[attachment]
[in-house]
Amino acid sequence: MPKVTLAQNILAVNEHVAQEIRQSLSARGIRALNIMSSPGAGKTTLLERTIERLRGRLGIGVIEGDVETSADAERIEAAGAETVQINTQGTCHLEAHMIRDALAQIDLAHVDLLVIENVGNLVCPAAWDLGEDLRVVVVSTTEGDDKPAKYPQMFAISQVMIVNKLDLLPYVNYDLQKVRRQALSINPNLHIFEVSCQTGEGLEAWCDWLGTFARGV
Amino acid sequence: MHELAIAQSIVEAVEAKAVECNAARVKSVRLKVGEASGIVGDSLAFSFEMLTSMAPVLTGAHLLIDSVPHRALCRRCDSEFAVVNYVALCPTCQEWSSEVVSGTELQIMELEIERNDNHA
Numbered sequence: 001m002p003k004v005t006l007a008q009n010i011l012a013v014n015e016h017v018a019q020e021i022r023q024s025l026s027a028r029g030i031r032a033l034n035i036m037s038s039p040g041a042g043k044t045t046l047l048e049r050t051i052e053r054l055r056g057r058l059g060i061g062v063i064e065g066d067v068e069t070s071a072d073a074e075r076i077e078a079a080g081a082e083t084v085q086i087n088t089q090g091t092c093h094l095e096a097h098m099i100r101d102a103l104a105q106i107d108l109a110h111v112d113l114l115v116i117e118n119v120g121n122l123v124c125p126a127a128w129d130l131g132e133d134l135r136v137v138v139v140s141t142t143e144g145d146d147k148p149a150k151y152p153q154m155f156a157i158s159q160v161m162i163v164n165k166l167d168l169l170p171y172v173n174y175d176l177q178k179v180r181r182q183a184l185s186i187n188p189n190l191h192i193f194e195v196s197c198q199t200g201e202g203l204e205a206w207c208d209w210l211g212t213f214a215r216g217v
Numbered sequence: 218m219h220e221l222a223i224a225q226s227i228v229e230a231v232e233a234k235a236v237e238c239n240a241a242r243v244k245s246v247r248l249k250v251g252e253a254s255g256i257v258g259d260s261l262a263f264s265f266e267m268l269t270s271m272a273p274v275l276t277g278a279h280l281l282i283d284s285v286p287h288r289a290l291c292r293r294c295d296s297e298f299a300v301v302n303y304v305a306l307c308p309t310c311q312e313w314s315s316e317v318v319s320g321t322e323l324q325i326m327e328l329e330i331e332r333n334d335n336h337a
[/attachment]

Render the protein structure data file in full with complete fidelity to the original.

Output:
[in-house]
Amino acid sequence: MPKVTLAQNILAVNEHVAQEIRQSLSARGIRALNIMSSPGAGKTTLLERTIERLRGRLGIGVIEGDVETSADAERIEAAGAETVQINTQGTCHLEAHMIRDALAQIDLAHVDLLVIENVGNLVCPAAWDLGEDLRVVVVSTTEGDDKPAKYPQMFAISQVMIVNKLDLLPYVNYDLQKVRRQALSINPNLHIFEVSCQTGEGLEAWCDWLGTFARGV
Amino acid sequence: MHELAIAQSIVEAVEAKAVECNAARVKSVRLKVGEASGIVGDSLAFSFEMLTSMAPVLTGAHLLIDSVPHRALCRRCDSEFAVVNYVALCPTCQEWSSEVVSGTELQIMELEIERNDNHA
Numbered sequence: 001m002p003k004v005t006l007a008q009n010i011l012a013v014n015e016h017v018a019q020e021i022r023q024s025l026s027a028r029g030i031r032a033l034n035i036m037s038s039p040g041a042g043k044t045t046l047l048e049r050t051i052e053r054l055r056g057r058l059g060i061g062v063i064e065g066d067v068e069t070s071a072d073a074e075r076i077e078a079a080g081a082e083t084v085q086i087n088t089q090g091t092c093h094l095e096a097h098m099i100r101d102a103l104a105q106i107d108l109a110h111v112d113l114l115v116i117e118n119v120g121n122l123v124c125p126a127a128w129d130l131g132e133d134l135r136v137v138v139v140s141t142t143e144g145d146d147k148p149a150k151y152p153q154m155f156a157i158s159q160v161m162i163v164n165k166l167d168l169l170p171y172v173n174y175d176l177q178k179v180r181r182q183a184l185s186i187n188p189n190l191h192i193f194e195v196s197c198q199t200g201e202g203l204e205a206w207c208d209w210l211g212t213f214a215r216g217v
Numbered sequence: 218m219h220e221l222a223i224a225q226s227i228v229e230a231v232e233a234k235a236v237e238c239n240a241a242r243v244k245s246v247r248l249k250v251g252e253a254s255g256i257v258g259d260s261l262a263f264s265f266e267m268l269t270s271m272a273p274v275l276t277g278a279h280l281l282i283d284s285v286p287h288r289a290l291c292r293r294c295d296s297e298f299a300v301v302n303y304v305a306l307c308p309t310c311q312e313w314s315s316e317v318v319s320g321t322e323l324q325i326m327e328l329e330i331e332r333n334d335n336h337a